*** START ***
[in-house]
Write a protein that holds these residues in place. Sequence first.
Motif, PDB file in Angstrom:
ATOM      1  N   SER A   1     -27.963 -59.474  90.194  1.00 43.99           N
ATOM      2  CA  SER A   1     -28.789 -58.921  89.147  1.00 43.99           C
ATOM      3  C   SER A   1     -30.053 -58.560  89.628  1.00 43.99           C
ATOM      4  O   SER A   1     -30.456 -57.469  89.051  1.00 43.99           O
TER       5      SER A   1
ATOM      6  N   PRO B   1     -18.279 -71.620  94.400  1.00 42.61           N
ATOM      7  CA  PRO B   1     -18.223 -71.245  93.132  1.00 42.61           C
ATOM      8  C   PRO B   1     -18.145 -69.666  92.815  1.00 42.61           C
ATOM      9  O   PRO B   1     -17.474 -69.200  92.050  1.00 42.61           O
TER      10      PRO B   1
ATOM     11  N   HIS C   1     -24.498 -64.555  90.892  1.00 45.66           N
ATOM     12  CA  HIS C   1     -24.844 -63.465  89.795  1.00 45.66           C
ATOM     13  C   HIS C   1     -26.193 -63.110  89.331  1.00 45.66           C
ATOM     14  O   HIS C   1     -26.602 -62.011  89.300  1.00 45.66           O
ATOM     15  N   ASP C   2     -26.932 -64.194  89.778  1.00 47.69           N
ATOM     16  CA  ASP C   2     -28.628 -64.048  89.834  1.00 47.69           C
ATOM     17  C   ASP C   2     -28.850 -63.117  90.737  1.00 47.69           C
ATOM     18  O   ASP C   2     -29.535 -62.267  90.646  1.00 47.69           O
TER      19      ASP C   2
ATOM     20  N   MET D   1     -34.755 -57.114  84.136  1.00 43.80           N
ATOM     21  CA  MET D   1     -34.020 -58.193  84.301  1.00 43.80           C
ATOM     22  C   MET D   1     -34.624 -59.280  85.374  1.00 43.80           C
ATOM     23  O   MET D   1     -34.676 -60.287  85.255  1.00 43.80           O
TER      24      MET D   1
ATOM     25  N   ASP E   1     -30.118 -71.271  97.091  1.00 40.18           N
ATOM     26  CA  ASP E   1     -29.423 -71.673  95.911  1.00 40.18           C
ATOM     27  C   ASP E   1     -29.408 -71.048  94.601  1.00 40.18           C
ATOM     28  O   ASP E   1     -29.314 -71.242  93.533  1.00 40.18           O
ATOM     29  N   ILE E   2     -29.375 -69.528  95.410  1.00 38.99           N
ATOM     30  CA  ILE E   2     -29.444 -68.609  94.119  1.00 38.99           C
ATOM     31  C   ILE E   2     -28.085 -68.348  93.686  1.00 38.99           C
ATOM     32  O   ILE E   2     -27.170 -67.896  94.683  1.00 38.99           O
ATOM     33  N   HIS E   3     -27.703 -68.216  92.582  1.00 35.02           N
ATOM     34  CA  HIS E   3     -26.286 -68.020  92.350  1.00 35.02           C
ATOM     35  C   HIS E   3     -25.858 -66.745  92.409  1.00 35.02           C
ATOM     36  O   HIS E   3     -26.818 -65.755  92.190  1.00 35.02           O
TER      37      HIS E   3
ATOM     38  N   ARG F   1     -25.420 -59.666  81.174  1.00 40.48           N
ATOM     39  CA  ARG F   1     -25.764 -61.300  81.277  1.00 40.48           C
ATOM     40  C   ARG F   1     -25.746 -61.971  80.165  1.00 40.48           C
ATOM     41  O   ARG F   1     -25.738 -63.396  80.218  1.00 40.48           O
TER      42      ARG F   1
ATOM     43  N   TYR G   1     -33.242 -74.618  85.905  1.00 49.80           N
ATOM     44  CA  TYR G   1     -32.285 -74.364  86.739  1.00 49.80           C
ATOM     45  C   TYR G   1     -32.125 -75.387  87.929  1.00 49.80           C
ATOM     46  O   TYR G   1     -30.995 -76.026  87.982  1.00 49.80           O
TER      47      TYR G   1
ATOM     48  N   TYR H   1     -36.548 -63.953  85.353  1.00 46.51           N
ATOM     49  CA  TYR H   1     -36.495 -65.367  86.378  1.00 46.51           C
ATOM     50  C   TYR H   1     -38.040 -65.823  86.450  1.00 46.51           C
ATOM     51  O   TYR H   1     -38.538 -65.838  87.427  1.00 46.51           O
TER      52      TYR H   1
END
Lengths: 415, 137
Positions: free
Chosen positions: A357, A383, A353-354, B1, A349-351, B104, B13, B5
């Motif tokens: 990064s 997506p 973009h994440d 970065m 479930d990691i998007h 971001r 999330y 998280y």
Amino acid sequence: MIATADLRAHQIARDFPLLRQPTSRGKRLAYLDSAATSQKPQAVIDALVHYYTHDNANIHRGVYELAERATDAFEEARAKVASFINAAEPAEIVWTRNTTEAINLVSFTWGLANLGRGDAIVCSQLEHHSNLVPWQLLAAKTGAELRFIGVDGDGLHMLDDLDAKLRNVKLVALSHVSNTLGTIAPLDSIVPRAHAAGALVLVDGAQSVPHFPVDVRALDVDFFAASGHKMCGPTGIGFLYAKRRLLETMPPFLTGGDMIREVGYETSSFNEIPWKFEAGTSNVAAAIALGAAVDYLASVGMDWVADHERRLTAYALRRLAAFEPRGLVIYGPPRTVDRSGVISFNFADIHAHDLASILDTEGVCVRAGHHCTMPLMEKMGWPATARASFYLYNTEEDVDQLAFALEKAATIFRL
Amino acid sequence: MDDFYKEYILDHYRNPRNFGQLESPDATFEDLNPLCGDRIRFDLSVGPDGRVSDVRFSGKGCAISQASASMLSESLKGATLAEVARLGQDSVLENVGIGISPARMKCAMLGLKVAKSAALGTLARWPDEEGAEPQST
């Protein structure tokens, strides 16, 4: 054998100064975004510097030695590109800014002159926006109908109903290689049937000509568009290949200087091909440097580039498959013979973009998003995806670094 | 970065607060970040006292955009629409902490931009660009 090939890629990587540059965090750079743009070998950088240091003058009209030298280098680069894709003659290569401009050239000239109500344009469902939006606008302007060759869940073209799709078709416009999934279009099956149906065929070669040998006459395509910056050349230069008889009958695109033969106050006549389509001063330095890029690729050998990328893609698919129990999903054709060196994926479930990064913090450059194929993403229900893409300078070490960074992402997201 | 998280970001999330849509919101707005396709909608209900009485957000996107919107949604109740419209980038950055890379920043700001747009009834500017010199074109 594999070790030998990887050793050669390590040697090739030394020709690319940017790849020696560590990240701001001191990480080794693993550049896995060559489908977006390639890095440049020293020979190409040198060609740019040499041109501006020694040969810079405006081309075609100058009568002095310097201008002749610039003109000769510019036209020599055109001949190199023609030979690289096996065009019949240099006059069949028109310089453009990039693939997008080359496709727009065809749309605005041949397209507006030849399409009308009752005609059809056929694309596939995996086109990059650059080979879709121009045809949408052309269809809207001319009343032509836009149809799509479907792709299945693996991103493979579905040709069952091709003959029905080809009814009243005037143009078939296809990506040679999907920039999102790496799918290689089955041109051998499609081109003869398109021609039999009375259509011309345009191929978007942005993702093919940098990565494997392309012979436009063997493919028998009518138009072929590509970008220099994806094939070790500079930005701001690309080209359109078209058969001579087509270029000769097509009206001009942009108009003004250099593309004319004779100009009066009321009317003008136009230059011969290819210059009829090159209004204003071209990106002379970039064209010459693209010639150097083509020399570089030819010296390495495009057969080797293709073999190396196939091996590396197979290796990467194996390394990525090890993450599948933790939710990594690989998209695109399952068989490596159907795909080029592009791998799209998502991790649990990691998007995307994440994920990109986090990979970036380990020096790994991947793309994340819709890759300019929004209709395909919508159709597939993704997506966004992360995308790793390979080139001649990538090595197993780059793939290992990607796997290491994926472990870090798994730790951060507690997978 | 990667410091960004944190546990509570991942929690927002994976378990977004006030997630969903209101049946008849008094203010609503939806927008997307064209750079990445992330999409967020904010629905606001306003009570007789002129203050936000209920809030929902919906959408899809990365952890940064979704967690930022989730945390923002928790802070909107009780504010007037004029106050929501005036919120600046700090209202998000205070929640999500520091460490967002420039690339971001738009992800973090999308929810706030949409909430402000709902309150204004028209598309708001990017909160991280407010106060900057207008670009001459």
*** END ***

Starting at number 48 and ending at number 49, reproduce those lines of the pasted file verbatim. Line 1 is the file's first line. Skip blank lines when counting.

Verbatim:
ATOM     45  C   TYR G   1     -32.125 -75.387  87.929  1.00 49.80           C
ATOM     46  O   TYR G   1     -30.995 -76.026  87.982  1.00 49.80           O